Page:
The Voice Recap: The Knockouts put 5 singers for the depend – Plus, the star twist that Kelly Clarkson broke
Participants fell like microphones as The Voice Season 19 knockouts resumed Monday. Five – count them, five – potential winners have been sent wrapped. At least if They include the one poor guy whose performance was completely cut off from the show. Read on, and we’ll go over all of the KOs that we were able to see and hear in full. Then you can read up on the trainers’ tips and whether the ear cleaning I gave myself after panning Payge Turner’s gig last week worked any good.
Team Kelly: Desz with “Can We Talk” (Class: A) defeated Sid Kingsley with “Make It Rain” (Class: A) – Sid stolen from Blake | When Desz delightedly got over the fact that Usher’s eyes really sparkled – of course she snorted – she impressed him with the fact that she could go as deep as a tenor. The newly stolen Sid tackled a Foy Vance number I had never heard of but immediately loved. Damn it, that was hot – and it was perfect for Sid’s rasping voice. Usher advised him to divide his fullness of soul between his voice and his piano playing. Desz did a fantastic job on stage. She had the presence, the voice and the holy crap! That key change! She not only lived the moment, she loved it and her joy was contagious. I said, “Good luck, Sid.” But he didn’t need luck. The moment he opened his mouth, smoke came out. There should be steam coming from this man because his voice was as hot as an Atlanta sidewalk in August. Personally, I preferred his brave, bluesy performance to Desz, funny like hers, but I assumed it would take the win; It was more of a crowd puller. What a relief that Sid was stolen and decided to go with Blake instead of former trainer John. Sid’s whole vibe kind of reminds me of the True Blood theme song.
Team Blake: Jim Ranger with “Humble and Kind” (grade: A) defeated Jus Jon with “Finesse” (grade: B-) | Before bringing in his candidates, Blake stated that he paired them up in a knockout because, despite being on very different tracks, they were his most soulful team members. Jus Jon was especially nervous about singing in front of his idol and all. Usher advised him to include more variation and “fat” in his performance. He also rhymed many of his suggestions: “Don’t hide it, share it,” he recommended. (Has he always done that?) “Jim is a jam,” Usher decided after hearing him run through Tim McGraw’s classic. What impressed me the most was that I didn’t hate it because I was just as in love with Addison Agent’s season 13 version; Jim made it feel like a completely different song. When the time came, Jim did it. Also stapled, taped and sewn. He began lovely and gentle and invited us. When he got big and scratchy, he made us float on every note he sang. Absolutely winning. When it was Jus Jon’s turn, bless his heart, he was a little stiff. He loosened up towards the end of the knockout and looked like he was having fun, but I thought he’d already lost by then. His voice was strong and clear and didn’t sway no matter how much he moved, but it didn’t feel … special. If Jim hadn’t had it in his pocket, he would surely have turned the tide when he choked and explained to the coaches what the song meant to him and his “Knucklehead” boys.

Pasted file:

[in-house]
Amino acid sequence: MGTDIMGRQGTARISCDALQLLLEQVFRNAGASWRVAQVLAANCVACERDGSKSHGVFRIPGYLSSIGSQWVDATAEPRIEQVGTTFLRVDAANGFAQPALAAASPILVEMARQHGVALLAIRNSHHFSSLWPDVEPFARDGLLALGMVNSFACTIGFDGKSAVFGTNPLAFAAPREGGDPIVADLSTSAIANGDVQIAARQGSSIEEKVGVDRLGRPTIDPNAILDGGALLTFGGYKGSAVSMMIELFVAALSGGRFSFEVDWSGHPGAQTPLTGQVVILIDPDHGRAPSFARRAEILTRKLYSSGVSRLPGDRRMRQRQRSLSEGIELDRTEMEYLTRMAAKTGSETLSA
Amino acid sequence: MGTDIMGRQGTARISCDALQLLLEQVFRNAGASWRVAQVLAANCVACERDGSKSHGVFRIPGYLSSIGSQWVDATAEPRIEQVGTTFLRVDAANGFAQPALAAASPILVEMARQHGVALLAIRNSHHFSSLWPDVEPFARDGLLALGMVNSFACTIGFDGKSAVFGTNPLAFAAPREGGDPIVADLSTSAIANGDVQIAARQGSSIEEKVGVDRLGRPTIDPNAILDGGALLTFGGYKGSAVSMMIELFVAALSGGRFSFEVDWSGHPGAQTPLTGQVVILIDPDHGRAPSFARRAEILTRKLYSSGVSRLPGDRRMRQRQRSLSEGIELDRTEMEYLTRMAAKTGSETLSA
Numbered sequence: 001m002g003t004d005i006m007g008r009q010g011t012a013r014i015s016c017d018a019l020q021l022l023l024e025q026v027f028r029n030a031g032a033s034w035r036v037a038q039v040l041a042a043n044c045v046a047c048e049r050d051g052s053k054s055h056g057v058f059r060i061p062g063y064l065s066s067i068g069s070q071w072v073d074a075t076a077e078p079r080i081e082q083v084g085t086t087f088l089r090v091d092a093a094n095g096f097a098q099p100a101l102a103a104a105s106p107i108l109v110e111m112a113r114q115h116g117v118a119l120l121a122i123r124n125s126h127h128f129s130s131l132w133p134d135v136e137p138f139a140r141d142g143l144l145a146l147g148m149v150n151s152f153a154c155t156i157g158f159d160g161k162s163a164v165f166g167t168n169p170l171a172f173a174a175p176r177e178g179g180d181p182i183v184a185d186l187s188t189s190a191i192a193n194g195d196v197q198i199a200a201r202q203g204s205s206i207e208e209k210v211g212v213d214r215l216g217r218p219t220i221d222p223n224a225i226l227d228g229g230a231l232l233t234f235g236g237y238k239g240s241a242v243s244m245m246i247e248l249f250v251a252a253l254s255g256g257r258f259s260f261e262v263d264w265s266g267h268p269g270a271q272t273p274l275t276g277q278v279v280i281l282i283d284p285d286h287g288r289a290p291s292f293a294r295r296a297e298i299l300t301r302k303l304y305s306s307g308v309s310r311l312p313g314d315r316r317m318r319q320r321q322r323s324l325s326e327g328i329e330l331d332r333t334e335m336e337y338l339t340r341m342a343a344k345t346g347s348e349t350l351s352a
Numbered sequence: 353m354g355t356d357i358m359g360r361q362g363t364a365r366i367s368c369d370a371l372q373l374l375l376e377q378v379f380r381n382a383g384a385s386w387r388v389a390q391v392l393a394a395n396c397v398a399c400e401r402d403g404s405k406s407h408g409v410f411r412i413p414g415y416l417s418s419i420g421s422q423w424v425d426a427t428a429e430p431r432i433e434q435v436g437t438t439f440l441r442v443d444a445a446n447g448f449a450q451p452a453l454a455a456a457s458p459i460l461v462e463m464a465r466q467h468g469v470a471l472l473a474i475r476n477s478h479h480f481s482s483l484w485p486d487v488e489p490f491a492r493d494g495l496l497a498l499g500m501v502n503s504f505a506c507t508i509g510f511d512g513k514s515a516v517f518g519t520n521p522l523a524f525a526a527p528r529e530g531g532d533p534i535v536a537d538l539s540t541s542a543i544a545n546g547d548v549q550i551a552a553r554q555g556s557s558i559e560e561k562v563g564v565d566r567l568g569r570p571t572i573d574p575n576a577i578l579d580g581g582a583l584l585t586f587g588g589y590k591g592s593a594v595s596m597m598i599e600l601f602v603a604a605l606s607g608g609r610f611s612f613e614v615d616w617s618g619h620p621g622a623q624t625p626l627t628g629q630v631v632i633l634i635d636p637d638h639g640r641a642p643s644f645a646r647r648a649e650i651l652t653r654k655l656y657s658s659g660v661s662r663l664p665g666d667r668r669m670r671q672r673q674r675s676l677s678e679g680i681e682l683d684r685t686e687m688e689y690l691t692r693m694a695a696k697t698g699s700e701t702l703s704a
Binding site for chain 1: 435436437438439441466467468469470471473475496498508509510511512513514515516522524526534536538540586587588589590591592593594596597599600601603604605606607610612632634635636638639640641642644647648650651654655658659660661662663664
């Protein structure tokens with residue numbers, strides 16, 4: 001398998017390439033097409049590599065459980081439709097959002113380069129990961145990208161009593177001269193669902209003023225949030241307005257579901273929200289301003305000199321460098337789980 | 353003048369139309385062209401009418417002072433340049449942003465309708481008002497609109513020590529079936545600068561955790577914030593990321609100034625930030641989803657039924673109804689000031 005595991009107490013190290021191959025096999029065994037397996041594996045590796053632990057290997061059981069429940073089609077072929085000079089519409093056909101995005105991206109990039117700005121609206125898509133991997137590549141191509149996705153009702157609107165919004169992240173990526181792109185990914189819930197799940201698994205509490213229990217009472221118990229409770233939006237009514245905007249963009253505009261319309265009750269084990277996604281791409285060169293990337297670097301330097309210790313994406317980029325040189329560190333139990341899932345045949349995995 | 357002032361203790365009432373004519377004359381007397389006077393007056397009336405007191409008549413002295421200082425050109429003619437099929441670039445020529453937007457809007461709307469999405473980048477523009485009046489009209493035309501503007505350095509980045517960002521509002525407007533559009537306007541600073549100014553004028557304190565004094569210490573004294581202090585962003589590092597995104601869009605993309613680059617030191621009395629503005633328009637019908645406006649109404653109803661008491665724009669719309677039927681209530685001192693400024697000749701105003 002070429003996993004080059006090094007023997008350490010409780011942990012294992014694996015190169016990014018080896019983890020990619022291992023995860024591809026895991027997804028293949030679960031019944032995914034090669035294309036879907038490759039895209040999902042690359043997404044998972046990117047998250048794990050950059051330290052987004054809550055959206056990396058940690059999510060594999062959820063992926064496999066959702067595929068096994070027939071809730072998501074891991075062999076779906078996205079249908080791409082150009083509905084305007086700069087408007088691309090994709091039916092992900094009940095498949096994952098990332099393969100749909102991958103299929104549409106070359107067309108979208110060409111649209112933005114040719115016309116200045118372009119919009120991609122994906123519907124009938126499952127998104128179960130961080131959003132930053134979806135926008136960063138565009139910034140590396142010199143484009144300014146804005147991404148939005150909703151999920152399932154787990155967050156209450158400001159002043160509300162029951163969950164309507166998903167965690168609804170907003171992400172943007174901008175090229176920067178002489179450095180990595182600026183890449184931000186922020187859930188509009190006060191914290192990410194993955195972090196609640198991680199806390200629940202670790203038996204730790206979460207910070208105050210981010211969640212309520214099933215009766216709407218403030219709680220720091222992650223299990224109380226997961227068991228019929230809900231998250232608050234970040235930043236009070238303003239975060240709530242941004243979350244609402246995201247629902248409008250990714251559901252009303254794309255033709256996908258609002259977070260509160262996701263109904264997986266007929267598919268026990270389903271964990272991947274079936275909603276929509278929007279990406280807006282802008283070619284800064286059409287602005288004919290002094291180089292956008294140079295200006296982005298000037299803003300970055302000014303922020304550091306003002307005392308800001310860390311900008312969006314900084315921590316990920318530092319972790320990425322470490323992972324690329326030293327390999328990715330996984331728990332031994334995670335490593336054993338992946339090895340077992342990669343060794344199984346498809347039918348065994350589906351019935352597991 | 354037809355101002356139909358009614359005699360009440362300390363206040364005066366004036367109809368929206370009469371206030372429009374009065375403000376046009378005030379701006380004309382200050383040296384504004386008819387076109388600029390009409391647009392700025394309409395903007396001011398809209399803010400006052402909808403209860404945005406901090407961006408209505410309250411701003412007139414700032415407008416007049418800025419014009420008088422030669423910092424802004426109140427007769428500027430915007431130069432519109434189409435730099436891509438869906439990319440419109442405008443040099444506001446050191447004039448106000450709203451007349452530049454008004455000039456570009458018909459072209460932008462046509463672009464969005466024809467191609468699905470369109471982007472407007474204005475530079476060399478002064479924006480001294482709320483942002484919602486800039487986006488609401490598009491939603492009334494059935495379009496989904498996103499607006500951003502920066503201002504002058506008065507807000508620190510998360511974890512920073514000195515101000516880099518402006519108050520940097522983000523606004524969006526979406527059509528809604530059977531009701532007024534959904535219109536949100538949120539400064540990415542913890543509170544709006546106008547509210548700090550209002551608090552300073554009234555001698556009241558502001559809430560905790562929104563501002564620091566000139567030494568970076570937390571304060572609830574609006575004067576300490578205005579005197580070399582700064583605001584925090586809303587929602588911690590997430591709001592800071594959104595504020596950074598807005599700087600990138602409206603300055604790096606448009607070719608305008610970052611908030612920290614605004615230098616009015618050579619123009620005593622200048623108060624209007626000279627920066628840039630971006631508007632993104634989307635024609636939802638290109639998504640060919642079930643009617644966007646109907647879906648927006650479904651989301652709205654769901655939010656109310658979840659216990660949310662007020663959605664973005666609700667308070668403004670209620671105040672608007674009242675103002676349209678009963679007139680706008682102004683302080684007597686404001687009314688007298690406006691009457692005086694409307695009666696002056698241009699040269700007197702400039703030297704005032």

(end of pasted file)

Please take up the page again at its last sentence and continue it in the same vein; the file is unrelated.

Team legend: Bailey Rae with “Let Me Down Easy” (grade: A-) defeated Lauren Frihauf with “Cry Baby” (grade: A) | At rehearsal, it sounded like Bailey had picked an ideal number. John’s only worry was that she wasn’t physically telling the story she was singing. Lauren, on the other hand, had chosen a song that did not show her strengths. She has a sweet voice, and heaven knows that “sweet” is not the word you automatically associate with Janis Joplin’s hits. So John and Usher tried to help her rearrange the number so it would better suit her. In the spotlight, Bailey sounded record breaking, but the only new physicality she seemed to bring to her performance was moving her free hand with pretty much every syllable she sang. It didn’t matter, however; It was as solid as the broadside of a barn. When it was Lauren’s turn … all right. She made me look up and lean in. Her verse had a cool cowboy junkies vibe that prepared her well for success in the larger chorus. Did she actually win this thing? To my astonishment it was. Bailey is probably the stronger and better singer overall, but Lauren’s performance was much more interesting. It wasn’t perfect, but the rough little mess in it worked – as if it were a tribute to Janis that only Lauren could have done.